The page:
PERSONALITY TRAITS – SAMPLE ITEMS Extraversion I am the life of the party. I don't mind being the center of attention. I feel comfortable around people. I start conversations. I talk to a lot of different people at parties. I don't talk a lot. (reversed) I keep in the background. (reversed) I think a lot before I speak or act. (reversed) I don't like to draw attention to myself. (reversed) I am quiet around strangers. (reversed) I have no intention of talking in large crowds. (reversed) Agreeableness I am interested in people. I sympathize with others' feelings. I have a soft heart. I take time out for others. I feel others' emotions. I make people feel at ease. I am not really interested in others. (reversed) I insult people. (reversed) I am not interested in other people's problems. (reversed) I feel little concern for others. (reversed) [ [ Source:
PERSONALITY TRAITS – SAMPLE ITEMS Neuroticism I am easily disturbed. I change my mood a lot. I get irritated easily. I get stressed out easily. I get upset easily. I have frequent mood swings. I often feel blue. I worry about things. I am much more anxious than most people. I am relaxed most of the time. (reversed) I seldom feel blue. (reversed) Source:
POWER (THE NEED TO HAVE IT): The capacity or ability to direct or influence the behavior of others or the course of events Legitimate (Official authority) Coercive (Like bullying at the work place) Expert (Based on knowledge and experience) Informational (Possess needed or wanted information) Reward (Linked to who controls raises and bonuses) Connection (Networking) Referent (Held by people with charisma, integrity, positive qualities)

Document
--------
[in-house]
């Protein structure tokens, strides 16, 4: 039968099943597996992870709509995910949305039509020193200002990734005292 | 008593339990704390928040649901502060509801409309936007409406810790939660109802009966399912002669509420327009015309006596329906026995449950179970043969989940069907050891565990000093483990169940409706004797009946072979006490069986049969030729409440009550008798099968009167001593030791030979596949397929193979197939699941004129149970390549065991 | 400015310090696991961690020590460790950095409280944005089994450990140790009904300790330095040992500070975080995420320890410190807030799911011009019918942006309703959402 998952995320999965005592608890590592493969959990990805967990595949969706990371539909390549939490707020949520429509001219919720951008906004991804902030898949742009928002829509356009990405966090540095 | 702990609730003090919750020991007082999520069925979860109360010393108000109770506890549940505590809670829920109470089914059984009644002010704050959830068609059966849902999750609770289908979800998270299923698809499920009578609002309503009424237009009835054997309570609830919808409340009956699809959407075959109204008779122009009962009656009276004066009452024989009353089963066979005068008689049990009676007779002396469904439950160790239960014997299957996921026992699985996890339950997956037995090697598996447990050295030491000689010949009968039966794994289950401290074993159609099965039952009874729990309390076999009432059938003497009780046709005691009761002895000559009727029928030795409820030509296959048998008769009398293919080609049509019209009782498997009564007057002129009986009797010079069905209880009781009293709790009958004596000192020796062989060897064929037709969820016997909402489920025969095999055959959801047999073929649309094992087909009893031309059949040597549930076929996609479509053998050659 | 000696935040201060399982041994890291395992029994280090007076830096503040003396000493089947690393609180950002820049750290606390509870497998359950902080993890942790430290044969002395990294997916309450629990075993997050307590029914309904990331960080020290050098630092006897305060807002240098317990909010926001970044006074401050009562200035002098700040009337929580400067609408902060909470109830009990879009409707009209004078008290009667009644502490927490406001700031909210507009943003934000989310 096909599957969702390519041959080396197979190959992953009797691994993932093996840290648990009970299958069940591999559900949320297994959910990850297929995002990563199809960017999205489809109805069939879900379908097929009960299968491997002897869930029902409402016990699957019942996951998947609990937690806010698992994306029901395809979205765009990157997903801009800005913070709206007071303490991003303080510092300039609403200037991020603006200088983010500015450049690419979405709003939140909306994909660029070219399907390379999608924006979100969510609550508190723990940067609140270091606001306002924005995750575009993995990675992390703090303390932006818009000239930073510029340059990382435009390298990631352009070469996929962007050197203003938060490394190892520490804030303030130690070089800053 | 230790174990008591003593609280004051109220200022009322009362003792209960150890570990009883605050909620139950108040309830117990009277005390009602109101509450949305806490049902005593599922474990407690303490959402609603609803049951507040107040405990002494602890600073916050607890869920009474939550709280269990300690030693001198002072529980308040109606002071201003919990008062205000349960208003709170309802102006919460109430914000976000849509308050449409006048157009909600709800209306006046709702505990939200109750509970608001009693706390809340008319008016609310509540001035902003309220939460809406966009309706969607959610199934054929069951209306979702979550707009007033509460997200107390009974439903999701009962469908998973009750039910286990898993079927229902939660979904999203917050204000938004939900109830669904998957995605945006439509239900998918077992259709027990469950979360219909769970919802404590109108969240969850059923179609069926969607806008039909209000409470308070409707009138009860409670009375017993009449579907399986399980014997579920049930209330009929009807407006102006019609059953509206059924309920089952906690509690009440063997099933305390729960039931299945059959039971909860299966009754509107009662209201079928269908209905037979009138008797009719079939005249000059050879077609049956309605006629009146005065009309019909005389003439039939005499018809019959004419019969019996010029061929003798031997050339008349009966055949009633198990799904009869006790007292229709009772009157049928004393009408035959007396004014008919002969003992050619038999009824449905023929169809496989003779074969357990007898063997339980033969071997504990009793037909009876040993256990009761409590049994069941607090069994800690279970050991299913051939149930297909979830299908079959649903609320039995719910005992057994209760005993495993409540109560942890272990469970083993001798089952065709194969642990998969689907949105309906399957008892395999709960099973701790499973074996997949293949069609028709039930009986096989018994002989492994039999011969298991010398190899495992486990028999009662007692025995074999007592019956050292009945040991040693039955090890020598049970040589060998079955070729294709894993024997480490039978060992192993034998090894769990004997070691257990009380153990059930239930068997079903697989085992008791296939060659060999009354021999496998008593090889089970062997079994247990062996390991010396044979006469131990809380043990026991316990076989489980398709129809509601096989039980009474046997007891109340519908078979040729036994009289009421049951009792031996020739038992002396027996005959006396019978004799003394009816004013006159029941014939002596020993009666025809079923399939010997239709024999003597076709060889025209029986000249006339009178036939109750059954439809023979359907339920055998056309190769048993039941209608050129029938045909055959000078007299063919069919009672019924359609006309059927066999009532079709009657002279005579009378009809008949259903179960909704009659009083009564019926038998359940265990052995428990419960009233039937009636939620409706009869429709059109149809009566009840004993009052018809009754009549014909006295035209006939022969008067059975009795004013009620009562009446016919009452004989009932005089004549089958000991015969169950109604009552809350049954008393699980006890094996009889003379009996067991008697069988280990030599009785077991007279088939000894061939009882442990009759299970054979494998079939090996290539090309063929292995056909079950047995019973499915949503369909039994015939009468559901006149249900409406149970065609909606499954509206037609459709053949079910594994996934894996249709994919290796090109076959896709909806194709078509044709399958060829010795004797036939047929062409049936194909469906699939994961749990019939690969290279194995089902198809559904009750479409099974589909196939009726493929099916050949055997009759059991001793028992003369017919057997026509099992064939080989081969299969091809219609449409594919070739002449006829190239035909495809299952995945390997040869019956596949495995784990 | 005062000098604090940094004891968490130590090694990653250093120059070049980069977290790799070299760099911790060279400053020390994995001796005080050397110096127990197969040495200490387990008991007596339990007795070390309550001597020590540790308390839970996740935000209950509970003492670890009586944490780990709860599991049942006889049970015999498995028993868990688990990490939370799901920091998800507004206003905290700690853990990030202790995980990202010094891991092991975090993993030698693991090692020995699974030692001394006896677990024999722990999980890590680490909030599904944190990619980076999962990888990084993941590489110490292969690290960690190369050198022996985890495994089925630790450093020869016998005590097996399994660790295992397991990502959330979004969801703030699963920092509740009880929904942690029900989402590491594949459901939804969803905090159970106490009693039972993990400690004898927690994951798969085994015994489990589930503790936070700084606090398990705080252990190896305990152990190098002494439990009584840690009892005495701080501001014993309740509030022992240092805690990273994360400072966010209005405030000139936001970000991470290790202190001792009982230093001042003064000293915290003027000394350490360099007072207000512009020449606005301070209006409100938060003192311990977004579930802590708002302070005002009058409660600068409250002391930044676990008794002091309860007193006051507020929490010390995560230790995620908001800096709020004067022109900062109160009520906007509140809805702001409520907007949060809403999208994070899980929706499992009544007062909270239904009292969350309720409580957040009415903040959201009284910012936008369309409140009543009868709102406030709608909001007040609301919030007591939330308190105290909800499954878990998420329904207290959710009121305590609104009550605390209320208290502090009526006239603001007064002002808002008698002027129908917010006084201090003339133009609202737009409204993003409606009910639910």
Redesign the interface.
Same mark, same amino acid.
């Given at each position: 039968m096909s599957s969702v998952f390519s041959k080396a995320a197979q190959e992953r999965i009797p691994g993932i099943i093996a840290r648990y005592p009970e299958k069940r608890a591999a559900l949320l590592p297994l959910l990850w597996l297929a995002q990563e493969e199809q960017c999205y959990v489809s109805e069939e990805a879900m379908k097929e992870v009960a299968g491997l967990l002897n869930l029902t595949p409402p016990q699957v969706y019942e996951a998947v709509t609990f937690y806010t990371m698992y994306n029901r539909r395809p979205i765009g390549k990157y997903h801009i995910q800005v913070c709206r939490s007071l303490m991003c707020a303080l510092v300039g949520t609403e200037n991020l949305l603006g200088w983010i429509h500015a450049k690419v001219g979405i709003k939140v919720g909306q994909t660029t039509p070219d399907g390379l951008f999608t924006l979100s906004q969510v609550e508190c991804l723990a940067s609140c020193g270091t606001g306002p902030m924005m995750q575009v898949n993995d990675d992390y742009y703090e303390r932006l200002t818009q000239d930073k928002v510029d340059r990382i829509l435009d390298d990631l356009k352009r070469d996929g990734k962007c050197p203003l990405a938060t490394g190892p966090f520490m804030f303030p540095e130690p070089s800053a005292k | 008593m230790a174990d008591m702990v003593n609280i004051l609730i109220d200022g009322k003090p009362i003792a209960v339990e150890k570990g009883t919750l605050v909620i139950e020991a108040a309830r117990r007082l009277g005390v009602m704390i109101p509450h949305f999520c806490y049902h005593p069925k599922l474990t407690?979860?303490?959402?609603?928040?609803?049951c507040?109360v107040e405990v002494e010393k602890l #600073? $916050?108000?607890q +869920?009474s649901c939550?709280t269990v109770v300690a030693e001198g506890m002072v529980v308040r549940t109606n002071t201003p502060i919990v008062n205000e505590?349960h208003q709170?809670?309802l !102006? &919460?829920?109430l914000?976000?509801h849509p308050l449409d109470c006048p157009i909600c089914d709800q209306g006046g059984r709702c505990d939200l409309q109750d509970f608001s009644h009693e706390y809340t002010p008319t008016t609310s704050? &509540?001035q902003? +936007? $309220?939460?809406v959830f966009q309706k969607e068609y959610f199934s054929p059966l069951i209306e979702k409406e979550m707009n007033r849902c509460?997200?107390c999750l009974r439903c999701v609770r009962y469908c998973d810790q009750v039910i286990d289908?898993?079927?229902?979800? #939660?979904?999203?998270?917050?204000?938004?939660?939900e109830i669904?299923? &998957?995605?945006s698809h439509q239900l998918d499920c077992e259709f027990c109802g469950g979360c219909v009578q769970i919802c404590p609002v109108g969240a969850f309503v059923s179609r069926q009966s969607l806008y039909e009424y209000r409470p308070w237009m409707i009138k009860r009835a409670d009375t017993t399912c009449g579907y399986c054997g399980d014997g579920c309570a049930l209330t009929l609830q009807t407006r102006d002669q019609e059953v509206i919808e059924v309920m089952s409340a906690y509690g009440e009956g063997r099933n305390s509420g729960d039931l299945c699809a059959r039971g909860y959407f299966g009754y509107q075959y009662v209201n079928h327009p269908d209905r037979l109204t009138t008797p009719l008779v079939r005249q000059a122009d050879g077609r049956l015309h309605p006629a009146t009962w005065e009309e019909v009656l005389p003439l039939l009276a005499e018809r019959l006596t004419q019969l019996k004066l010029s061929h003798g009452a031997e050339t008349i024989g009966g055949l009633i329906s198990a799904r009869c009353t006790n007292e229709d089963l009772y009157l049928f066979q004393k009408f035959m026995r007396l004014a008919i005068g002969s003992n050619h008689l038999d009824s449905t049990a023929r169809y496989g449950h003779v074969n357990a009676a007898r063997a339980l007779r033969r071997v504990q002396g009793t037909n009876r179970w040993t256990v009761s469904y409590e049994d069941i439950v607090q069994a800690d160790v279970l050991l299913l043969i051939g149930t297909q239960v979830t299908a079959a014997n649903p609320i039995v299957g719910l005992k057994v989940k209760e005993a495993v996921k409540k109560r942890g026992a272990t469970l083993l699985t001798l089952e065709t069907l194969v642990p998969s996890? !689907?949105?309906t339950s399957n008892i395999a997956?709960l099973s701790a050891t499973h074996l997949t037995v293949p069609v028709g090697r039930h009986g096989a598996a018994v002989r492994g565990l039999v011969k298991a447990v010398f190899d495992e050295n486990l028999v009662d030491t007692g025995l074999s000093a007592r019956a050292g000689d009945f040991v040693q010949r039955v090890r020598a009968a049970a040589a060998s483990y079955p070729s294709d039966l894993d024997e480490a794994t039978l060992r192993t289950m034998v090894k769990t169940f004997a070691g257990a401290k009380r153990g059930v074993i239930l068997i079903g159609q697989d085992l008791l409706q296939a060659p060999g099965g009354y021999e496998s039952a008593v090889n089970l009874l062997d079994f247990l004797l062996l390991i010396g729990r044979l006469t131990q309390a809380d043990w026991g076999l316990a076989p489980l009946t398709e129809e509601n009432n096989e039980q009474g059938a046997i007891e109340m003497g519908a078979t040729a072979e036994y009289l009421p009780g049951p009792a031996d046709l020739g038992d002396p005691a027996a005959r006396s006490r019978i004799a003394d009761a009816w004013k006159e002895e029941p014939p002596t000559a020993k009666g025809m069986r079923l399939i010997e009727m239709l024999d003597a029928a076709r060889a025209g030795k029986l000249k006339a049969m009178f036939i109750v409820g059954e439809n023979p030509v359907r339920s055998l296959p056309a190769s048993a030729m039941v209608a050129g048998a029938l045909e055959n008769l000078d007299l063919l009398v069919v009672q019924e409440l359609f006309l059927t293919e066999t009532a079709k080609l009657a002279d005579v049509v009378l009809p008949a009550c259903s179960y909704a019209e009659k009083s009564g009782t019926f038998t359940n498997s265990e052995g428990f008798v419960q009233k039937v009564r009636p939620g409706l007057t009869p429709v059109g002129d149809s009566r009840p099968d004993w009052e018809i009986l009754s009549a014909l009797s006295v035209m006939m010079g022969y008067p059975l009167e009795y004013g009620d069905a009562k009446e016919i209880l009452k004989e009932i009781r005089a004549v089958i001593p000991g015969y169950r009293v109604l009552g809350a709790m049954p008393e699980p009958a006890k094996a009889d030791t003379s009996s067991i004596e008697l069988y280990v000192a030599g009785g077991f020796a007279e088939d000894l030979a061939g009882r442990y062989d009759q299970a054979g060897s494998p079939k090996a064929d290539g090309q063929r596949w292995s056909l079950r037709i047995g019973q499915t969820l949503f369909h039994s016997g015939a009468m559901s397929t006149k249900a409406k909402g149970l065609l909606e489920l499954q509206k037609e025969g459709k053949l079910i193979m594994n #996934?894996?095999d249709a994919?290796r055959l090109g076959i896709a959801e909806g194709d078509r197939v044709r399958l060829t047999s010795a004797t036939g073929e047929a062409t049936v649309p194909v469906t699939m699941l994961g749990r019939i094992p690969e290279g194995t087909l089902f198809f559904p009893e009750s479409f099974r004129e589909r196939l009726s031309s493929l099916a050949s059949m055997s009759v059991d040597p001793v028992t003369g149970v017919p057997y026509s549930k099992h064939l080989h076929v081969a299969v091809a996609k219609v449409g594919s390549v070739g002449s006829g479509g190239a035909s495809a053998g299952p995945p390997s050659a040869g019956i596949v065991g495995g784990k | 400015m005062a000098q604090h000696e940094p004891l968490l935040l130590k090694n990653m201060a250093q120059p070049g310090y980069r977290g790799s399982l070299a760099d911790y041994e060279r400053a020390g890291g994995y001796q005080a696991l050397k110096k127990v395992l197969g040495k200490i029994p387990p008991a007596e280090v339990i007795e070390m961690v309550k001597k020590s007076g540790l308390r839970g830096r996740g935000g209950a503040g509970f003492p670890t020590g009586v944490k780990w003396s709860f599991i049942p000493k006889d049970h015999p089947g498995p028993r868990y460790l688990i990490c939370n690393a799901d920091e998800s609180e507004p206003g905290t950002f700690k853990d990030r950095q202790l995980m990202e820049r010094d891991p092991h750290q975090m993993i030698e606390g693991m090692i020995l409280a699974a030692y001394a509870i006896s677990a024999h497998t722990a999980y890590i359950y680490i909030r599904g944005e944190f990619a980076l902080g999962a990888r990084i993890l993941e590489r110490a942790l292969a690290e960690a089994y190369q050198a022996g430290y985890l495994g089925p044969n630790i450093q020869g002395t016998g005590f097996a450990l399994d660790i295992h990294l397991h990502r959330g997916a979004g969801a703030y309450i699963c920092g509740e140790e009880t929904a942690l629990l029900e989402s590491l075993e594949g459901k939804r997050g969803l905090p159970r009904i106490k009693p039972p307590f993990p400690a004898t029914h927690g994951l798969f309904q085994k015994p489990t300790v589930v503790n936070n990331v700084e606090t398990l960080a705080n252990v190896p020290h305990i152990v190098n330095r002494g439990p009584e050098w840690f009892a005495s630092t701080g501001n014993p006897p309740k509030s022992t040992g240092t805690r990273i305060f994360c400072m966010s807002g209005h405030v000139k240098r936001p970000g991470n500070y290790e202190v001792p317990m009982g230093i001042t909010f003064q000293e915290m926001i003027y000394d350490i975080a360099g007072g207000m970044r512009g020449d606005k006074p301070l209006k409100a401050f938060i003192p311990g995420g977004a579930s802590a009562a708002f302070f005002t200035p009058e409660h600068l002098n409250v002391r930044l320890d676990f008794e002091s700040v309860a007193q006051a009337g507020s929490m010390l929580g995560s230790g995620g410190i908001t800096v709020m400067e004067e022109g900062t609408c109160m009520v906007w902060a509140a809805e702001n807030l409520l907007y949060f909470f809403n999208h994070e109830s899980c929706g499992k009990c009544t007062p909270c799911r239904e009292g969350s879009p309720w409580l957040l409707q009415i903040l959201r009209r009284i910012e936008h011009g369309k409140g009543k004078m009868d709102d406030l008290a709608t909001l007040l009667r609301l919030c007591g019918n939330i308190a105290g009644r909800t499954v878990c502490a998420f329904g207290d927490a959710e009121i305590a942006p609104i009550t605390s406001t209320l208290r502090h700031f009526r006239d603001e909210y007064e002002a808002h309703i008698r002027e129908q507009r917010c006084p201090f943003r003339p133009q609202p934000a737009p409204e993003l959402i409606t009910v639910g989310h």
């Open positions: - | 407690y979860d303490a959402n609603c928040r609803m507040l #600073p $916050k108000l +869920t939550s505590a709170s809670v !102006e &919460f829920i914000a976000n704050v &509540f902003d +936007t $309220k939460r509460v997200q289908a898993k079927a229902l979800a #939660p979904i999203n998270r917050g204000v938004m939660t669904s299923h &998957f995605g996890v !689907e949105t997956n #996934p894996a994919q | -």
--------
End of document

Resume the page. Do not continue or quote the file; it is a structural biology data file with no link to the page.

INTERESTS: A stake or involvement in an undertaking. Something of concern or importance. Their career – Themselves Being the leader Project success Money – Just for the paycheck Reporting – Receiving reports Relationships - Team Safety and Environment Quality of work Learning - Knowledge
KNOWLEDGE: Facts, information, and skills acquired through experience or education; the theoretical or practical understanding of a subject Knowledge of the task, work process Knowledge and Experience in Project Execution Knowledge and Experience in Project Management Previous good or bad experiences Perceptions – Pretending or perceived as knowledgeable Trust levels – Sharing of knowledge Influence of Cultural and Language barriers
ATTITUDE: A feeling or way of thinking that affects a person's behavior Friendly and Helpful Threatening and hostile Negative Cool, cocky, defiant, arrogant Ignoring and lacking attention Conflictive Selfish In despair or affected Caring and responsive Attitude may be affected by circumstances inside or outside of the project environment, such as: family/personal crisis, did not get promoted, previously acquired commitments, health issues, etc.
KEY QUESTIONS… Who should perform Stakeholder Management? PE Assistants Drafters PM Managers Sponsors Leads Engineers At what level? Project Work Process Activity Escalated to the Project level
CUSTOMER SATISFACTION Wikipedia: It is a measure of how products and services supplied by a company meet or surpass customer expectation PMI: Within the quality management system, a state of fulfillment in which the needs of a customer are met or exceeded for the customer’s expected experiences as assessed by the customer at the moment of evaluation. 1.It’s creates customer loyalty and repeated business 2.It increases number of customers – Good reputation spreads fast 3.It reduces customer’s worries, concerns, and upsetting 4.It reduces negative propaganda 5.It creates stability and security for the organization, hence improving employee loyalty 6.It improves profit margin due to continuity of work and the reduction of advertising costs 7.It makes your organization more effective and competitive
STAKEHOLDERS MANAGEMENT TO CUSTOMER SATISFACTION Customer Satisfaction